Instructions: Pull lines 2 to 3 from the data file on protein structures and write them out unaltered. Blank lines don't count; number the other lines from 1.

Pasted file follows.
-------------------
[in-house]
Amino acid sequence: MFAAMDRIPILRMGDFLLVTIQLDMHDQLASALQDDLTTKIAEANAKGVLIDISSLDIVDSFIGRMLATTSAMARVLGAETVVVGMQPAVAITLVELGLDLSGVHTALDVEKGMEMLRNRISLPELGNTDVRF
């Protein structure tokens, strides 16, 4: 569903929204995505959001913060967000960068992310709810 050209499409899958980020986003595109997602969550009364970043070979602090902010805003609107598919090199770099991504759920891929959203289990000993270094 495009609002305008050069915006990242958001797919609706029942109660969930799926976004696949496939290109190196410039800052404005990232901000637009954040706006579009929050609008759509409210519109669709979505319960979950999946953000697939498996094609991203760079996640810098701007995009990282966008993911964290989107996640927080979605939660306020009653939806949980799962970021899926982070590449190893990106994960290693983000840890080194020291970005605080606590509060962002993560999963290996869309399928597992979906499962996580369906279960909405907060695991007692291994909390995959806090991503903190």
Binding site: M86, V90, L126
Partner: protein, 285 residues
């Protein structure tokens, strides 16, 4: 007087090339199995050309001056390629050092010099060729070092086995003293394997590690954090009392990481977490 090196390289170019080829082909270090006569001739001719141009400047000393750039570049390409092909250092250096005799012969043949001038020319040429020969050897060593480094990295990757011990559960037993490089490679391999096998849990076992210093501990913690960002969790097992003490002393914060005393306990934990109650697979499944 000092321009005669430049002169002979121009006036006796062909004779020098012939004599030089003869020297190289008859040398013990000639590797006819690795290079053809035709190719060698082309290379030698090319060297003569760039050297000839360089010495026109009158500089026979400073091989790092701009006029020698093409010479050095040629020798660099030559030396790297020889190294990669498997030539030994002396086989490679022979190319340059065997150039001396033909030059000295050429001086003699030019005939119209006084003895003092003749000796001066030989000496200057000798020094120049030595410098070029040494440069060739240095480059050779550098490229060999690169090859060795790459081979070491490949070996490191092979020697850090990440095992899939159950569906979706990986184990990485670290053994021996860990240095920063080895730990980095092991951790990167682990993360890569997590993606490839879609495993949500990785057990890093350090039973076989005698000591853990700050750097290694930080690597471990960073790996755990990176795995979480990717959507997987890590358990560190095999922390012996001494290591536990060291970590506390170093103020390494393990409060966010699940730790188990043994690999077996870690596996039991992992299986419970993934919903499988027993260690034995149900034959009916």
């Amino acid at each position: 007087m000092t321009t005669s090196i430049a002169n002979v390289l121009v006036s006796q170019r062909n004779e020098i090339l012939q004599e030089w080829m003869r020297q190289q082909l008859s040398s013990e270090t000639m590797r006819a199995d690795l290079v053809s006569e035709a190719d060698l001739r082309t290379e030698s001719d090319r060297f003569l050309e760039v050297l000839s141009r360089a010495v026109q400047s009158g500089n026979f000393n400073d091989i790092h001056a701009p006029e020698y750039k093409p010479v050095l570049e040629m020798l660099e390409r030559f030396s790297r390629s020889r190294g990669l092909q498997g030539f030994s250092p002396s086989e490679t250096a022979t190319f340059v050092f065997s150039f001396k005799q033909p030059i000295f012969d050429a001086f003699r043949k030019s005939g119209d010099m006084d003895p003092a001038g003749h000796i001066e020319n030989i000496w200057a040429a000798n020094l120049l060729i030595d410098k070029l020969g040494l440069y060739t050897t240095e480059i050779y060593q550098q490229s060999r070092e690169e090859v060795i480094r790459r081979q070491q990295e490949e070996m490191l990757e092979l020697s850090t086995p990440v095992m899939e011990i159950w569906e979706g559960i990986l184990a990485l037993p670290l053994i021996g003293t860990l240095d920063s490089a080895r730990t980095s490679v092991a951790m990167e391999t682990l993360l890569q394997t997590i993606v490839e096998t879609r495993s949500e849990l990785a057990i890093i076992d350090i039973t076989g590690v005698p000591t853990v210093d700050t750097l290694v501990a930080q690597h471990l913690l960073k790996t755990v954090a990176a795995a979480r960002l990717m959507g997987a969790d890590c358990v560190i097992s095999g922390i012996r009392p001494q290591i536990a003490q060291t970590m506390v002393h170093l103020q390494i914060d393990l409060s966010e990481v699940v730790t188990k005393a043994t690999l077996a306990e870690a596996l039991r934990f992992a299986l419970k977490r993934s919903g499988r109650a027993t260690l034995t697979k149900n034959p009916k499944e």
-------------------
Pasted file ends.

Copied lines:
Amino acid sequence: MFAAMDRIPILRMGDFLLVTIQLDMHDQLASALQDDLTTKIAEANAKGVLIDISSLDIVDSFIGRMLATTSAMARVLGAETVVVGMQPAVAITLVELGLDLSGVHTALDVEKGMEMLRNRISLPELGNTDVRF
């Protein structure tokens, strides 16, 4: 569903929204995505959001913060967000960068992310709810 050209499409899958980020986003595109997602969550009364970043070979602090902010805003609107598919090199770099991504759920891929959203289990000993270094 495009609002305008050069915006990242958001797919609706029942109660969930799926976004696949496939290109190196410039800052404005990232901000637009954040706006579009929050609008759509409210519109669709979505319960979950999946953000697939498996094609991203760079996640810098701007995009990282966008993911964290989107996640927080979605939660306020009653939806949980799962970021899926982070590449190893990106994960290693983000840890080194020291970005605080606590509060962002993560999963290996869309399928597992979906499962996580369906279960909405907060695991007692291994909390995959806090991503903190």